The Trudeau government says Canada is still in the market for a United Nations peacekeeping mission despite plans to send a sizeable military contingent to Eastern Europe.
Prime Minister Justin Trudeau met with Latvian President Raimonds Vejonis at the NATO leaders' summit in Warsaw on Saturday to discuss plans for Canada to send 450 soldiers to the Baltic state. The Canadians will form the "nucleus" of a larger NATO force in response to concerns about Russia.
Trudeau and Vejonis exchanged pleasantries before the Latvian president offered to organize a hockey game between Canadian and Latvian soldiers. "You might regret that. We're quite good," Trudeau laughed in reply, before adding: "But I know you are too."
Joking aside, the deployment along with plans to continue operating a naval frigate in the region and send fighter jets on an occasional basis, represents the largest military commitment to Europe for Canada in more than a decade, Trudeau said. At the same time, Canada has hundreds of military trainers in Ukraine and Iraq.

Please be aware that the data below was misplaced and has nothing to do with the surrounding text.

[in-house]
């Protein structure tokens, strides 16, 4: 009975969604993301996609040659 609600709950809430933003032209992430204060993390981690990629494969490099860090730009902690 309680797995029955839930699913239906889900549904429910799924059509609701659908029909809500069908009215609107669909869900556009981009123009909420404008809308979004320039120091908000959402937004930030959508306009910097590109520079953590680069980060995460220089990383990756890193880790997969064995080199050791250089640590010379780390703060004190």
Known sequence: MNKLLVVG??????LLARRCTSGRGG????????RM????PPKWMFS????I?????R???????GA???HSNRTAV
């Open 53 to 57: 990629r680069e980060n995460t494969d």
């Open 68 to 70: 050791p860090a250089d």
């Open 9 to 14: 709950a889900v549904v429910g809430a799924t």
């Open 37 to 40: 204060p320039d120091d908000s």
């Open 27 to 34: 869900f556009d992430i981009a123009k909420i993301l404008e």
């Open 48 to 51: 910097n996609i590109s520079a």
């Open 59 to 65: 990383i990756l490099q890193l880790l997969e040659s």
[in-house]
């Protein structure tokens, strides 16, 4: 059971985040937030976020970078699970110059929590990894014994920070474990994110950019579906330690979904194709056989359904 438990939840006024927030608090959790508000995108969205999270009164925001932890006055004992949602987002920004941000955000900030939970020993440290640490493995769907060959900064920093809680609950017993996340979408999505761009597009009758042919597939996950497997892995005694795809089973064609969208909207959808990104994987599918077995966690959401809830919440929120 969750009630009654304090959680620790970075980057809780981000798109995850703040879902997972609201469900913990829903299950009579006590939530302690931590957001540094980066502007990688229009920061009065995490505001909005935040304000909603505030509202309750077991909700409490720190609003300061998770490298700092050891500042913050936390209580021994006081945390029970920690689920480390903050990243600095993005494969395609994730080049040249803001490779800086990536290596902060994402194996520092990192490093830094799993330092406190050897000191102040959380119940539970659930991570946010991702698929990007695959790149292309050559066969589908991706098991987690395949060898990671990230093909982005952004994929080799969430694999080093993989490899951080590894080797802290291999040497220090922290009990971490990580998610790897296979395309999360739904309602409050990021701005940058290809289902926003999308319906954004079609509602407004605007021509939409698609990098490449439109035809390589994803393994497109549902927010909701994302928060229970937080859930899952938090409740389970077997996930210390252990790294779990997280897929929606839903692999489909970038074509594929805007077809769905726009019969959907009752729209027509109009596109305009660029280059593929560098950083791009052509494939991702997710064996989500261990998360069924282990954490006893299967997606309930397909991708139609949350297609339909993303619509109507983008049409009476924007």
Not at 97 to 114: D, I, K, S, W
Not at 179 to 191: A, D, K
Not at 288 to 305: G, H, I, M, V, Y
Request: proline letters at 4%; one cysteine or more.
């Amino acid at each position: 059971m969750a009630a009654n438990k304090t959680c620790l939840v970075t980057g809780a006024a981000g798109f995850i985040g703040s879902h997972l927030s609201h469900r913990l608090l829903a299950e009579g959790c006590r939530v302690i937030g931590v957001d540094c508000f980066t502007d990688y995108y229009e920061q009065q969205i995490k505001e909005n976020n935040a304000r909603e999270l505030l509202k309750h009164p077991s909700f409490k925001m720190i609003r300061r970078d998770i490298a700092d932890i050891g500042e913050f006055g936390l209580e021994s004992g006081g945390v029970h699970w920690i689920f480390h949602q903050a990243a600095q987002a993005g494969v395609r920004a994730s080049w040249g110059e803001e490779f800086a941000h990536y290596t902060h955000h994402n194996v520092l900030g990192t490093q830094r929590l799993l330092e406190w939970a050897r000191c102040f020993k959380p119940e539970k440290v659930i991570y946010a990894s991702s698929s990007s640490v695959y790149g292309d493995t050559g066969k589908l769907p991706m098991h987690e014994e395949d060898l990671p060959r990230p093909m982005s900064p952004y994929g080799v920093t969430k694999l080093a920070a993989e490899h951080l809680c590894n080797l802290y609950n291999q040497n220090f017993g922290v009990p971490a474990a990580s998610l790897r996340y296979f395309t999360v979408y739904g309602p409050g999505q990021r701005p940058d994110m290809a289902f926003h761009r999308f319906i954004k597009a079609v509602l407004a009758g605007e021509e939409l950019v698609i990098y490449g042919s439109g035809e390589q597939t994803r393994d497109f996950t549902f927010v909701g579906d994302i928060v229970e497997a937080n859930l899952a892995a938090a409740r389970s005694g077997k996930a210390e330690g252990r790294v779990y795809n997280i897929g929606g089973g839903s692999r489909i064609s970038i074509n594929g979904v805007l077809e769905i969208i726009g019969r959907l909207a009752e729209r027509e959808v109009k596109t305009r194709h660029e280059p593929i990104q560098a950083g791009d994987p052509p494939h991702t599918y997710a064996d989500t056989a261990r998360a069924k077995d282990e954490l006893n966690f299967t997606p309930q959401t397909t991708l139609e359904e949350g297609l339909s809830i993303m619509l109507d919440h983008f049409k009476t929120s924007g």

"It's terribly unfortunate that Canada has to deploy its forces in Latvia instead of having peacekeeping in Africa or in an area of the world where it's much more needed," Foreign Affairs Minister Stephane Dion told the Canadian Press on the sidelines of the summit Saturday.
"But we need to do so. We need to do so because Russia had a completely unacceptable behaviour, regarding especially Ukraine."
Yet both Dion and Defence Minister Harjit Sajjan said the Liberal government is intent on finding a peacekeeping mission for Canada. Sajjan said Canada can't just respond to crises but must look at situations where it can help reduce or prevent conflict.
"We are receiving requests from everywhere," Dion added. "If we are saying yes to everybody, we'd have a big problem. We'll need to be very selective and to choose the way where Canada will have value added within the coalitions in which we are."
Sajjan the Canadian military has the resources to participate in a peacekeeping mission while also deploying forces to Europe and Iraq.